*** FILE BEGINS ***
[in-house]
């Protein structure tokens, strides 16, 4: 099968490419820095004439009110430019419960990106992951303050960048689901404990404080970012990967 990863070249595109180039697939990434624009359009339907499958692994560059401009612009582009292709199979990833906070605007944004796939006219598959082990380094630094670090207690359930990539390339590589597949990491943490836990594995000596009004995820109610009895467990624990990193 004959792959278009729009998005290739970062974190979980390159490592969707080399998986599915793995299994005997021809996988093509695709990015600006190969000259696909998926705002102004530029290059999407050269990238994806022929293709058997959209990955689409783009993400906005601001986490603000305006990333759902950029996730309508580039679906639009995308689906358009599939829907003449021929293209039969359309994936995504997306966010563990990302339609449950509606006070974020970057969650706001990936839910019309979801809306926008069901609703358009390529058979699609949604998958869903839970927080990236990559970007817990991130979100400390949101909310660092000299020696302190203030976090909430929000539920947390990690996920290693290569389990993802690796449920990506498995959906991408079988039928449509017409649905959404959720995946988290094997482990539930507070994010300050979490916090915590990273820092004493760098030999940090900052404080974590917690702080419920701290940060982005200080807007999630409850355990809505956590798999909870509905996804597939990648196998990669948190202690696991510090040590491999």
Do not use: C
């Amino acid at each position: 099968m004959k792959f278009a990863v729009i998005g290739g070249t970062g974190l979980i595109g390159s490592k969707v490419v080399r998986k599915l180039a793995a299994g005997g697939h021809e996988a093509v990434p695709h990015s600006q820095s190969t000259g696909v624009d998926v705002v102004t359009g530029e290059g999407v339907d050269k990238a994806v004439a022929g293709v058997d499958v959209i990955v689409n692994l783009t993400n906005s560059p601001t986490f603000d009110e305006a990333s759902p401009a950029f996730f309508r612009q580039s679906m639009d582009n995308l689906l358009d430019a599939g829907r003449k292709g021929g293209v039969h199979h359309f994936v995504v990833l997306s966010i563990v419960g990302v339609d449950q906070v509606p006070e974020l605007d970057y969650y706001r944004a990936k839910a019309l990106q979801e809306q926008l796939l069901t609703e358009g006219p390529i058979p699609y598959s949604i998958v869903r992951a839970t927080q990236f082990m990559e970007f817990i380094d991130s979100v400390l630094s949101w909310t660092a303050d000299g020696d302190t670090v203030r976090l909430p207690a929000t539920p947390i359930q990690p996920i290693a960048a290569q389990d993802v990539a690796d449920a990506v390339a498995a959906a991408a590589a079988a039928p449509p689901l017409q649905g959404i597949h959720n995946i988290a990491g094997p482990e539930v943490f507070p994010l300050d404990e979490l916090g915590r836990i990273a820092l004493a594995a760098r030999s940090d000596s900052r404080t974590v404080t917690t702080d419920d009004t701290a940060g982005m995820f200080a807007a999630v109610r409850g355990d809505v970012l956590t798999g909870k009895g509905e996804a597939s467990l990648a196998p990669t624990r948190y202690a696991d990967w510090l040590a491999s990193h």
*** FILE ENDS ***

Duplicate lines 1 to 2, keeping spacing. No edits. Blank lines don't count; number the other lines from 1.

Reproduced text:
[in-house]
């Protein structure tokens, strides 16, 4: 099968490419820095004439009110430019419960990106992951303050960048689901404990404080970012990967 990863070249595109180039697939990434624009359009339907499958692994560059401009612009582009292709199979990833906070605007944004796939006219598959082990380094630094670090207690359930990539390339590589597949990491943490836990594995000596009004995820109610009895467990624990990193 004959792959278009729009998005290739970062974190979980390159490592969707080399998986599915793995299994005997021809996988093509695709990015600006190969000259696909998926705002102004530029290059999407050269990238994806022929293709058997959209990955689409783009993400906005601001986490603000305006990333759902950029996730309508580039679906639009995308689906358009599939829907003449021929293209039969359309994936995504997306966010563990990302339609449950509606006070974020970057969650706001990936839910019309979801809306926008069901609703358009390529058979699609949604998958869903839970927080990236990559970007817990991130979100400390949101909310660092000299020696302190203030976090909430929000539920947390990690996920290693290569389990993802690796449920990506498995959906991408079988039928449509017409649905959404959720995946988290094997482990539930507070994010300050979490916090915590990273820092004493760098030999940090900052404080974590917690702080419920701290940060982005200080807007999630409850355990809505956590798999909870509905996804597939990648196998990669948190202690696991510090040590491999």